Friday, April 3, 2009

Ward Churchill to Accept UN Appointment

(APPPS - Boulder, CO) After a whirlwind of high stakes negotiations easily as complicated as in any NFL trade, recently reinstated University of Colorado Professor Ward Churchill has agreed to accept a position as Special Envoy to serve on the United Nations Human Rights Council.


"Ward's lifetime of service in upholding the rights of his Native American brothers and sisters will serve him well in representing oppressed peoples from around the world on this important committee" stated Churchill's attorney, David Lane.

The Special Envoy position recently became available as a result of the Obama administration's decision to reverse a longstanding Bush Doctrine policy of refusing to fund or participate in any way on the UN Human Rights Council.

Lane, fresh from his victory in a Boulder courtroom yesterday, in which a jury voted to overturn Churchill's wrongful-termination over his now famous 9/11 Essay, was apparently also conducting simultaneous negotiations between his client, the university, the U.S. State Department, and the United Nations.

Details of the Churchill "trade" are still forthcoming, but are understood to include a visiting professorship for a high-level UN official, plus the prospect for several future exchanges among University of Colorado and United Nations personnel.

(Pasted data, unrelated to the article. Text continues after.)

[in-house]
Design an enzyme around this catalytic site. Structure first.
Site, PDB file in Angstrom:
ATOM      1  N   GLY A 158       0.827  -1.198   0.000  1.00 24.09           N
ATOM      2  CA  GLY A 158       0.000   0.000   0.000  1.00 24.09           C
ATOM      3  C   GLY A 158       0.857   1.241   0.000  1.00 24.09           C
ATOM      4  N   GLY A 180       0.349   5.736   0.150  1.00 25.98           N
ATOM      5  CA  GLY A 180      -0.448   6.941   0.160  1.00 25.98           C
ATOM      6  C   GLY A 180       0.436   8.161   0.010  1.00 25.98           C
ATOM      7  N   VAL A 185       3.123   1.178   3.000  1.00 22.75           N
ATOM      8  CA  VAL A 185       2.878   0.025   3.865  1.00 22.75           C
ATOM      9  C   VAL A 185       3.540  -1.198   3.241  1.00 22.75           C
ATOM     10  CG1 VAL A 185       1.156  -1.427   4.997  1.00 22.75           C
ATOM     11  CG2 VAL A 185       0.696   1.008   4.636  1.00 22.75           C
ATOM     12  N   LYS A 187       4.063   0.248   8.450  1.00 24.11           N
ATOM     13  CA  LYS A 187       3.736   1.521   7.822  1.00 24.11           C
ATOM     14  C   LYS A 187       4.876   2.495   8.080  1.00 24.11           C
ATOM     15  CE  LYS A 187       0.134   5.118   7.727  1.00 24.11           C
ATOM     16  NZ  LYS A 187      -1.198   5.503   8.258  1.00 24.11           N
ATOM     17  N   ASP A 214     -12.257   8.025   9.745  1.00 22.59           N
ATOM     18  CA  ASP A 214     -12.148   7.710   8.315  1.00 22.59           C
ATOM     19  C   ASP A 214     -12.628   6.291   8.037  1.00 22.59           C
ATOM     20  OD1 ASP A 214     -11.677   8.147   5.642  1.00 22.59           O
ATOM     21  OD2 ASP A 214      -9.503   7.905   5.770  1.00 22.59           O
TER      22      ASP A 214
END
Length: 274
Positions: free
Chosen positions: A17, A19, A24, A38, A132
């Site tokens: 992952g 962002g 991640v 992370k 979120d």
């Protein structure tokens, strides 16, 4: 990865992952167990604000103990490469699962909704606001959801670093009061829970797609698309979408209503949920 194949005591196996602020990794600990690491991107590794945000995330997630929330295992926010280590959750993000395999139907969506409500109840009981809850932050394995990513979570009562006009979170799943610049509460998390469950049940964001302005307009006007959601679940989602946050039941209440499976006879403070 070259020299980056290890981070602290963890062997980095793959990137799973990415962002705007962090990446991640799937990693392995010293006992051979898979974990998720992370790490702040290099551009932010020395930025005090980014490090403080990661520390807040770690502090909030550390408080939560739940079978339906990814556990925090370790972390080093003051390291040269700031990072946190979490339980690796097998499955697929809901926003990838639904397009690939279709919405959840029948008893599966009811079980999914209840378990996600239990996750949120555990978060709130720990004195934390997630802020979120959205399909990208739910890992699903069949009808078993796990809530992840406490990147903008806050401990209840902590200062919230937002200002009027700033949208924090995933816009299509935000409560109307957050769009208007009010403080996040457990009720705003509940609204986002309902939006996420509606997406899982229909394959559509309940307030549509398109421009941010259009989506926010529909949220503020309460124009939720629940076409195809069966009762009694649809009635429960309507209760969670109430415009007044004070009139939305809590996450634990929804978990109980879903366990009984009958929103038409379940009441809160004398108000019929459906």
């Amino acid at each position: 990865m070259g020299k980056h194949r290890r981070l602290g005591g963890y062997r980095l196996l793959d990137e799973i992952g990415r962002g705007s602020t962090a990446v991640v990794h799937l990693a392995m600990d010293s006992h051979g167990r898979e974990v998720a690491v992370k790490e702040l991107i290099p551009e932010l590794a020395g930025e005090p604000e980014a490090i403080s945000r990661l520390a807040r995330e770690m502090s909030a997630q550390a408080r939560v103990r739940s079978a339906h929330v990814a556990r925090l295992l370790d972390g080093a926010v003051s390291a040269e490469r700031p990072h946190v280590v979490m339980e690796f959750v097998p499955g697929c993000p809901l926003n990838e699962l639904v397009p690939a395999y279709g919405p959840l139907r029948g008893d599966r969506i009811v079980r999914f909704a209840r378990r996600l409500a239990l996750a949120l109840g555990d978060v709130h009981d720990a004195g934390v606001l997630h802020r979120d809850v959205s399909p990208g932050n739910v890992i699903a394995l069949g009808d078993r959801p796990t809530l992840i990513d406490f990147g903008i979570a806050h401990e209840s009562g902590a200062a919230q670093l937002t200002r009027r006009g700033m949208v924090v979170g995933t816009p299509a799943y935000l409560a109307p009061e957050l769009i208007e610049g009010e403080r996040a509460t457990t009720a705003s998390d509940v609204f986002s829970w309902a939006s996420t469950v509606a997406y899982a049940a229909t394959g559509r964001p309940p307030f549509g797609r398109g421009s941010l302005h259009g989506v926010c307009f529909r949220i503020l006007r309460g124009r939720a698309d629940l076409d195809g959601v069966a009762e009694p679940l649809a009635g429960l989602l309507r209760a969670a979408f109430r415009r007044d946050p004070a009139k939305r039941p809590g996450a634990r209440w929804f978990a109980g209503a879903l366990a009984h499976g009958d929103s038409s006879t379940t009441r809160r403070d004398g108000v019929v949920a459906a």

The name of the UN official has not yet been released, but our sources indicate it may involve someone previously connected to the Oil for Food Program.

The deal purportedly also involves a cash sum, to be paid by the university, with the potential for reimbursement using stimulus funds in the new budget package working its way through Congress.

The money would reimburse Churchill for back salary, and pay off the UN official's considerable New York City parking fines. Attorney Lane would also benefit - a welcome windfall in light of the minuscule $1 awarded to Churchill in yesterday's court proceeding.

The new appointment is consistent with President Obama's plan to resurrect America's sordid reputation in international circles, and his willingness to engage in diplomacy with prominent Council member states such as North Korea, Cuba, Sudan, Iran and Venezuela. The new policies are seen as a welcome change at the UN Headquarters in New York City.

Several UN staff members, while acknowledging Churchill's somewhat controversial past, predicted that an appointee with his credentials and warm, engaging personality, will work well with other Council representatives to advance the cause of human rights.

It remains to be seen, however, how New Yorkers will view Churchill's appointment.

Rumors that Churchill's attorney, David Lane, was also involved in yesterday's trade of Bronco quarterback Jay Cutler to the Chicago Bears elicited a "No comment" from both Lane and staff at the Broncos headquarters at Dove Valley.

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